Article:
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review 2019-04-08 22:10
Book Review: Secrets of Cavendon
Secrets of Cavendon: A Novel (Cavendon Hall) - Barbara Taylor Bradford

If you enjoy History or Historical fiction. Secret of Cavendon may be one of the books to pick up. It is book #4 in the series, I think you read it as a standalone if you want to. The plot bring out quite a few romances. One may be dangerous.


We see who the woman of Cavendon are and work together. We seem to learn more about history of the Swanns and Ingram's life. Well as we know we have Alicia, Cecily and Miles and their children. Get action and adventures. We also meet Cecily friends and or buisness partners.


There change coming and will they be able to stick together though it all? There a murder, heartbreak, drama. Bradford does it all in one book. There seems to be several story lines going on though out he book. They all seem to be teeming from Cavendon. What are secrets of Cavendon that seem to be everyone is worried about. It seems that is in record books.


If you are into British history or want learn a little bit about Britain and London this book is set in that area. You got Earls and Countess in this book.


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text 2017-10-30 00:59
Exciting November New Releases TBR
Mustard Seed - Laila Ibrahim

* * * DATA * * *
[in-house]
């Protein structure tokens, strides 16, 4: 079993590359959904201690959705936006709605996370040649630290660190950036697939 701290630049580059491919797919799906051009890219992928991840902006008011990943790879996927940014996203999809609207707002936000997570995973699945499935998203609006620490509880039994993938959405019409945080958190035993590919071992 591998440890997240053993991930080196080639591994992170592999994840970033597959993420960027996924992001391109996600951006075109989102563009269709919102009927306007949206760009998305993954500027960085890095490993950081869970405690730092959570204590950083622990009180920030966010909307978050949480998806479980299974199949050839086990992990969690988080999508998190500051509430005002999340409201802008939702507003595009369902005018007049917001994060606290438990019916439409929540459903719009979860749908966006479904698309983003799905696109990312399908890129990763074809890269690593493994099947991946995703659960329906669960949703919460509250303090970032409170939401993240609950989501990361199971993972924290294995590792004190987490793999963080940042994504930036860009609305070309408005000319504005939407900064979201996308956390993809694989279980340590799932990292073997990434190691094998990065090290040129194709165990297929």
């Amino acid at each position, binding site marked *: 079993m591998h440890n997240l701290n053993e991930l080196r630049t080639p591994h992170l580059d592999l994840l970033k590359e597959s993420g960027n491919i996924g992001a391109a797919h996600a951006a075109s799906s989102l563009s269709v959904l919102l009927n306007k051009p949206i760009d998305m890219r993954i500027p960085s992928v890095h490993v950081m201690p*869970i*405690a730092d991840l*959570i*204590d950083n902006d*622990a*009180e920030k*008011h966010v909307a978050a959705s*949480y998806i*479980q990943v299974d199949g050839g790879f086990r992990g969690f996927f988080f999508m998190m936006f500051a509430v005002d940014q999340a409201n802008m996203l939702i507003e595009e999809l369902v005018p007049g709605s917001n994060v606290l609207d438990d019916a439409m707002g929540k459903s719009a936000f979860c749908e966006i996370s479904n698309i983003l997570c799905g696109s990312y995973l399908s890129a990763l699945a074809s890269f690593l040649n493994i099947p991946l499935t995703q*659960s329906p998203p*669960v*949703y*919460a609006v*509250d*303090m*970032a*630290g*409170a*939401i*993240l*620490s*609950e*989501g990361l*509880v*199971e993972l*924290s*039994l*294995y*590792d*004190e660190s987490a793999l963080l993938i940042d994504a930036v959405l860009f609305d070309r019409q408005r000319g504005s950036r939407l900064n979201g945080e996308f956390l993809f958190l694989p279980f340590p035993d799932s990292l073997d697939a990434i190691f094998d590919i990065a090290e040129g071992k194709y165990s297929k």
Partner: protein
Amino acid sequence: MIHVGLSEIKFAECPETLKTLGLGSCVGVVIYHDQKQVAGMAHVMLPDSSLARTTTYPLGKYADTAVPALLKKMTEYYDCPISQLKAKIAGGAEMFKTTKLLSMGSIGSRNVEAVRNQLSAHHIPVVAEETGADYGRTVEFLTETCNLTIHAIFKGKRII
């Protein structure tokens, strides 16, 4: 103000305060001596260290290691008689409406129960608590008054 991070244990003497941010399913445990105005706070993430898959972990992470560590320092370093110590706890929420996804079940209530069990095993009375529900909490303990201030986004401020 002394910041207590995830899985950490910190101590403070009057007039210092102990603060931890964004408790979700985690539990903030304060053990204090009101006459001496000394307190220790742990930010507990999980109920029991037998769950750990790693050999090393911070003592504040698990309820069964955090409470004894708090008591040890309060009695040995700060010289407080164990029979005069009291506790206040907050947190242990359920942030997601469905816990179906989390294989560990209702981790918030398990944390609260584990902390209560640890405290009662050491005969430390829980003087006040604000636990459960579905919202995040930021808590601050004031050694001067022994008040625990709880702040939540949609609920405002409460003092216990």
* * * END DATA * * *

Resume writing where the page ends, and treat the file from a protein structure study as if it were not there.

The Austen Escape - Katherine Reay
Out of the Ordinary (Apart From the Crowd) - Jen Turano
Why I'm No Longer Talking to White People About Race - Reni Eddo-Lodge
Perennials - Julie Cantrell
Secrets of Cavendon: A Novel (Cavendon Hall) - Barbara Taylor Bradford
Moonlight Over Manhattan - Sarah Morgan
A Hope Divided (The Loyal League) - Alyssa Cole
Taking Back Philosophy: A Multicultural Manifesto - Bryan W. Van Norden,Jay L. Garfield
The Diamond Empire (A Diamonds Novel) - K'wan

I'm super excited for these reads. It's a good variety. I have very high expectations for A Hope Divided by Alyssa Cole. I will need to read the first book (I do have it) An Extraordinary Union. I read The Diamond Empire last month and loved it! I gave it 4 stars. K'wan knows how to draw you in and keep you there. Moonlight Over Manhattan will be my first read by Sarah Morgan. So many readers love her books. Since I'm familiar with the works of authors Jen Turano and Katherine Reay I know these will be awesome. Over the years I've seen the works of Barbara Taylor Bradford in bookstores and have been curious about her writing. Finally, I can see why she's so beloved. The big book of the month is Why I'm No Longer Talking To White People About Race. This book has been read widely and is being promoted everywhere. Overly hyped books scare me and I usually try to keep them for some time to not be influenced by frenzy.



November 1


Beyond Freedom: Disrupting the History of Emancipation by David W. Blight


A Tangled Web: Mata Hari: Dancer, Courtesan, Spy by Mary W. Craig



November 7


Why I'm No Longer Talking to White People About Race by Reni Eddo-Lodge


Mustard Seed by Laila Ibrahim


The Austen Escape by Katherine Reay


Out of the Ordinary by Jen Turano


Taking Back Philosophy: A Multicultural Manifesto by Bryan W. Van Norden





Perrinials by Julie Cantrell



November 21


Secrets of Cavendon by Barbara Taylor Bradford


Little Broken Things by Nicole Baart



November 28


Moonlight Over Manhattan by Sara Morgan


A Hope Divided by Alyssa Cole

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review 2016-07-16 14:00
Cavendon Hall
Cavendon Hall - Barbara Taylor Bradford